Anuj Chauhan, University of Florida, 419, ChE Bldg., Gainesville, FL 32611 and Marissa Fallon, Chemical Engineering, University of Florida, Gainesville, FL 32611.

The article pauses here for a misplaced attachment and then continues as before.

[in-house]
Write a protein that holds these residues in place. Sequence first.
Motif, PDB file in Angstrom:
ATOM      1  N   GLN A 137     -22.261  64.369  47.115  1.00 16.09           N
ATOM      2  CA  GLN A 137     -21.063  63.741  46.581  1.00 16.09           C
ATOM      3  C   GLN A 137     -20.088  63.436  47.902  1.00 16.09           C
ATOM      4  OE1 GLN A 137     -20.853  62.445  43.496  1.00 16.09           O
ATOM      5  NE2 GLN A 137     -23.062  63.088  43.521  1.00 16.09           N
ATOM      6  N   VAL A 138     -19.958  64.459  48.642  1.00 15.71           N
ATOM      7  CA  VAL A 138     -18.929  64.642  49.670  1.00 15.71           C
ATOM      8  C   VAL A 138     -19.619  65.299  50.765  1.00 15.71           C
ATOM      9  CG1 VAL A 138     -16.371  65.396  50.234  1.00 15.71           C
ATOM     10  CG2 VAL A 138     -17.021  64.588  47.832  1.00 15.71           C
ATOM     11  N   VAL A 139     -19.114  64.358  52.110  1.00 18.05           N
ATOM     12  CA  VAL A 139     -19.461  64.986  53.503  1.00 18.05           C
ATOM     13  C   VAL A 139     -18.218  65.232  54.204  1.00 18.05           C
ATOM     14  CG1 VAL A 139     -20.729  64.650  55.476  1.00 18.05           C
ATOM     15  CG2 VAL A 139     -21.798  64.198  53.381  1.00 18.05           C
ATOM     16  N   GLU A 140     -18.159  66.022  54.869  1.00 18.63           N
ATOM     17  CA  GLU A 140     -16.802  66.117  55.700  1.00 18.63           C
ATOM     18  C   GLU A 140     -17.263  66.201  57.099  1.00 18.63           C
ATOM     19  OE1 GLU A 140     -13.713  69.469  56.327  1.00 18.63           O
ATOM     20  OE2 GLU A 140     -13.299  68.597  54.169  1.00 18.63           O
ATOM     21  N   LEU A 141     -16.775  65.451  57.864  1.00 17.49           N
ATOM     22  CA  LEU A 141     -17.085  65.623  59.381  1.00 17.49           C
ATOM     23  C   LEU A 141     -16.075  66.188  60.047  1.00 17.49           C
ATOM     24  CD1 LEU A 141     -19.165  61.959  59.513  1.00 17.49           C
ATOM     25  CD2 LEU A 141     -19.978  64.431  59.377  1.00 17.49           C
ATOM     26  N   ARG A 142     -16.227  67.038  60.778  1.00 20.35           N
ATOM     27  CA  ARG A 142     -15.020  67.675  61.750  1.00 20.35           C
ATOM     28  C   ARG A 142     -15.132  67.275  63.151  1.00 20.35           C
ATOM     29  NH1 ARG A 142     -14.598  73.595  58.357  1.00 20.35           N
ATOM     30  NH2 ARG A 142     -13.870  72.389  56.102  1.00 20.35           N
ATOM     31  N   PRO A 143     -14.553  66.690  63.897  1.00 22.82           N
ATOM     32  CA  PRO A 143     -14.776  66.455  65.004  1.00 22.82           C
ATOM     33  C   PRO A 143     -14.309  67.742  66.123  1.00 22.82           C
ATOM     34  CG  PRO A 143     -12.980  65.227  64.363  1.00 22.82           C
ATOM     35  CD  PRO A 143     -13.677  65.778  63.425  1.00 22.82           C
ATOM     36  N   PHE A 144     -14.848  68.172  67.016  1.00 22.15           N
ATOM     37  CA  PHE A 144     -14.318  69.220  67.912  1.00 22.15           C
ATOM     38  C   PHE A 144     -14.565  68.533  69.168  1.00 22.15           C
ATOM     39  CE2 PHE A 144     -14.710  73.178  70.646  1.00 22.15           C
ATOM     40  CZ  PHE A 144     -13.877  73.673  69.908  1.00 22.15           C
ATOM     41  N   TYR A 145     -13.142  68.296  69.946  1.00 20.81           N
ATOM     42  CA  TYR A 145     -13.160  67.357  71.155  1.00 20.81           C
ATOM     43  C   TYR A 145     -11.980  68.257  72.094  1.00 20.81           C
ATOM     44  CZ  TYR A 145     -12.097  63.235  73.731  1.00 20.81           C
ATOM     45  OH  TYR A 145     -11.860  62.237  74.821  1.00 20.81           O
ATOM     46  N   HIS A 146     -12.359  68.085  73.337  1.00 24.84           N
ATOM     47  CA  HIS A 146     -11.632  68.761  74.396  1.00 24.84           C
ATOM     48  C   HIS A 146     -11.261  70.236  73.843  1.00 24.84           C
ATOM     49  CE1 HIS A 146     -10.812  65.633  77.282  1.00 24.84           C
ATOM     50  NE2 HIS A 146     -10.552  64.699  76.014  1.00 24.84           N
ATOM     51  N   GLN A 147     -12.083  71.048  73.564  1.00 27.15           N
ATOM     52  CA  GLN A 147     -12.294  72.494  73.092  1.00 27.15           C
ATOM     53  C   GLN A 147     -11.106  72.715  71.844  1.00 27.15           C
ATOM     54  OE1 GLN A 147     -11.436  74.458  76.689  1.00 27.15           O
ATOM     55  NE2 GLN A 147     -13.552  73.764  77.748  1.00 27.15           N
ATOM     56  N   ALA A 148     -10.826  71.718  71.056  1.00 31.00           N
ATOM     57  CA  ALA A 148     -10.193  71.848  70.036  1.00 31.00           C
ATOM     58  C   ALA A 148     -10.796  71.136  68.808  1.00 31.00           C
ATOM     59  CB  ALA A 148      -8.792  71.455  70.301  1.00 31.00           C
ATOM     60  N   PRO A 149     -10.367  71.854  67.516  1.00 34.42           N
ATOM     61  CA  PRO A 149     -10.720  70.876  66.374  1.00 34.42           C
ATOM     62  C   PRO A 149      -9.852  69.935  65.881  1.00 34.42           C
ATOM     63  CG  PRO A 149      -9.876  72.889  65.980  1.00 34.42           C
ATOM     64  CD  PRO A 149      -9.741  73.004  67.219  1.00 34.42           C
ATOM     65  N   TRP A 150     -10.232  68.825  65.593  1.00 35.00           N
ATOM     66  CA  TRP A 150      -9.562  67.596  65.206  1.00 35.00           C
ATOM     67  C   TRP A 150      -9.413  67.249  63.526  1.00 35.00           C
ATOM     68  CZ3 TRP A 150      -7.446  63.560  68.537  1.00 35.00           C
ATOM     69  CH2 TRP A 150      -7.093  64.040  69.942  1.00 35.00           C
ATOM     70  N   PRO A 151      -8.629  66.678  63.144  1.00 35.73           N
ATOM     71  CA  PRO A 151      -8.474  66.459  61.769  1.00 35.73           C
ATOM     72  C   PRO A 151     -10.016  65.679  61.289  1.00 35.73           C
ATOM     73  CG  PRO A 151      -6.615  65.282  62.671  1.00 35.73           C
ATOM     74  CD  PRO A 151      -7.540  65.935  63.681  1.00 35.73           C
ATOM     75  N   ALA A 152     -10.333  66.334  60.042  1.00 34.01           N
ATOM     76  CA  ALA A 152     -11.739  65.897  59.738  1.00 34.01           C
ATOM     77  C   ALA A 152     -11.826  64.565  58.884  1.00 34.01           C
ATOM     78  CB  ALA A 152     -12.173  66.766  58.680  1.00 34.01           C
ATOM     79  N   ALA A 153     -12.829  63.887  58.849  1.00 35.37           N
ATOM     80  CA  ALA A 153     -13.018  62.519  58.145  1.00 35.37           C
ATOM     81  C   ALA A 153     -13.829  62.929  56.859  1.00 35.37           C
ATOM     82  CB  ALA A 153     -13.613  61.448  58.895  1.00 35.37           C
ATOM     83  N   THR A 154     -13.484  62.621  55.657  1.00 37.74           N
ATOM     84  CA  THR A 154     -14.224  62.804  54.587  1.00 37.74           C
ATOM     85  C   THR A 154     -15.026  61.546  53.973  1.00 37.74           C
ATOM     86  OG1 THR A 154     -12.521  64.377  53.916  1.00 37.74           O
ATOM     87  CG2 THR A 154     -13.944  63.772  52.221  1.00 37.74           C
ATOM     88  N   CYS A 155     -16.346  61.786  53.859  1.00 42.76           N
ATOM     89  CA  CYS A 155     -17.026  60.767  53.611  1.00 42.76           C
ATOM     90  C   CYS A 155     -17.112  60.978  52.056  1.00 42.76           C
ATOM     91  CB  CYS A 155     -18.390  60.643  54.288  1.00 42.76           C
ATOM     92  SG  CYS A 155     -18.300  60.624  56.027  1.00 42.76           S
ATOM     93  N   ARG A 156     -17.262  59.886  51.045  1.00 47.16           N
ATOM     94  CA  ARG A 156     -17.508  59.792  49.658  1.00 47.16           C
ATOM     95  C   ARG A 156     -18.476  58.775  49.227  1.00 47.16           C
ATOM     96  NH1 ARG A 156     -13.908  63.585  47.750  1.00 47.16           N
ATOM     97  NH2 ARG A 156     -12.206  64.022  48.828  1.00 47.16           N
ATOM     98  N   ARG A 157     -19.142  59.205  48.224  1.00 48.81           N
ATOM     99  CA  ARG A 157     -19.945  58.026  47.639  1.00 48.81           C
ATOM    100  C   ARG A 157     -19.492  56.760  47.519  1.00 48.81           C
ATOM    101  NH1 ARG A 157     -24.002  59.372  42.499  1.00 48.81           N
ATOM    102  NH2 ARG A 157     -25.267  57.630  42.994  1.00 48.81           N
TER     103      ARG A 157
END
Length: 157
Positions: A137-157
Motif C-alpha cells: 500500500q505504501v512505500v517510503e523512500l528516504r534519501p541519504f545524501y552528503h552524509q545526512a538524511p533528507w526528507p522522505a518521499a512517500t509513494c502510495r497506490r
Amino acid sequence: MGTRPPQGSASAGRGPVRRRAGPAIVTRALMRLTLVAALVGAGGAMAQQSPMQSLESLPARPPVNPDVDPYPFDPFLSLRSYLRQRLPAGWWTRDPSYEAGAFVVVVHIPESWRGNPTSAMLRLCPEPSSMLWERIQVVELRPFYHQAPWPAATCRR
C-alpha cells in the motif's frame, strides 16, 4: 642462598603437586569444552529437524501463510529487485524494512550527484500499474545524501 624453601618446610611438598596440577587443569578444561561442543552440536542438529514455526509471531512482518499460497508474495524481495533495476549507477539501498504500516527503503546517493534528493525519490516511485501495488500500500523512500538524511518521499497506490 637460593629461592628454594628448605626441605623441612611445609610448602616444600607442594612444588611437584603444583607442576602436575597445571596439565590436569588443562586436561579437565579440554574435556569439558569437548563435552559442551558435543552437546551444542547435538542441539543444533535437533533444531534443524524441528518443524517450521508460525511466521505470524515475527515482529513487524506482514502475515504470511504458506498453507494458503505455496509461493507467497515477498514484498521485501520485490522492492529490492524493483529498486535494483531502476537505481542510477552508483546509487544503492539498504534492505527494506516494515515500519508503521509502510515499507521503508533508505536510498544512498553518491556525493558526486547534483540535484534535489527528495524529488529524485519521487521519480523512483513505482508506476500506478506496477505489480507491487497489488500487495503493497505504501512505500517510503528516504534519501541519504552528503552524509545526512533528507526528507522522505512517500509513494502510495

We study the uptake of amitriptyline, which is a common cause of overdose-related fatalities in the United States, in aqueous solutions by 1,2-dimyristoyl-sn-glycero-3-phosphocholine (DMPC) liposomes and liposomes composed of a mixture of DMPC and 1,2-dioleoyl-sn-glycero-3-[phospho-rac-(1-glycerol)] (DOPG) lipids. The effect of drug concentration, liposomal charge, pH, salt, and protein presence on the drug uptake is investigated using two different methodologies, a precipitation and a centrifugation method. Furthermore, the time scale of the drug uptake is studied through qualitative observations at high pH and through conductivity measurements at neutral pH and found to be <5 seconds. The results of the quantitative studies show that the fractional drug uptake decreases with increasing drug concentration, and for a given concentration it increases with the pH and decreases in the presence of salt. We find that larger amount of drug is sequestered by negatively charged liposomes (those containing DOPG) than liposomes with no net charge (DMPC). We speculate that the mechanism of drug uptake is due to both electrostatic interactions as well as hydrophobic effects. The fractional uptake by DMPC:DOPG in a 70:30 ratio is as high as 95% in water and about 90% in physiological buffer. The fractional uptake is also measured in presence of 2% bovine serum albumin (BSA), which is approximately the protein concentration in the intercellular fluid. In presence of protein the fractional uptakes by 70:30 DMPC:DOPG liposomes and 50:50 DMPC:DOPG liposomes are 82 and 90%, respectively at 125 µM drug concentration. The drug uptake by 2% proteins is 67% at the same concentration, and thus the 50:50 DMPC:DOPG liposomes can reduce the free drug concentration under physiological conditions and 2% proteins by a factor of about 3.5 making them attractive candidates for drug detoxification.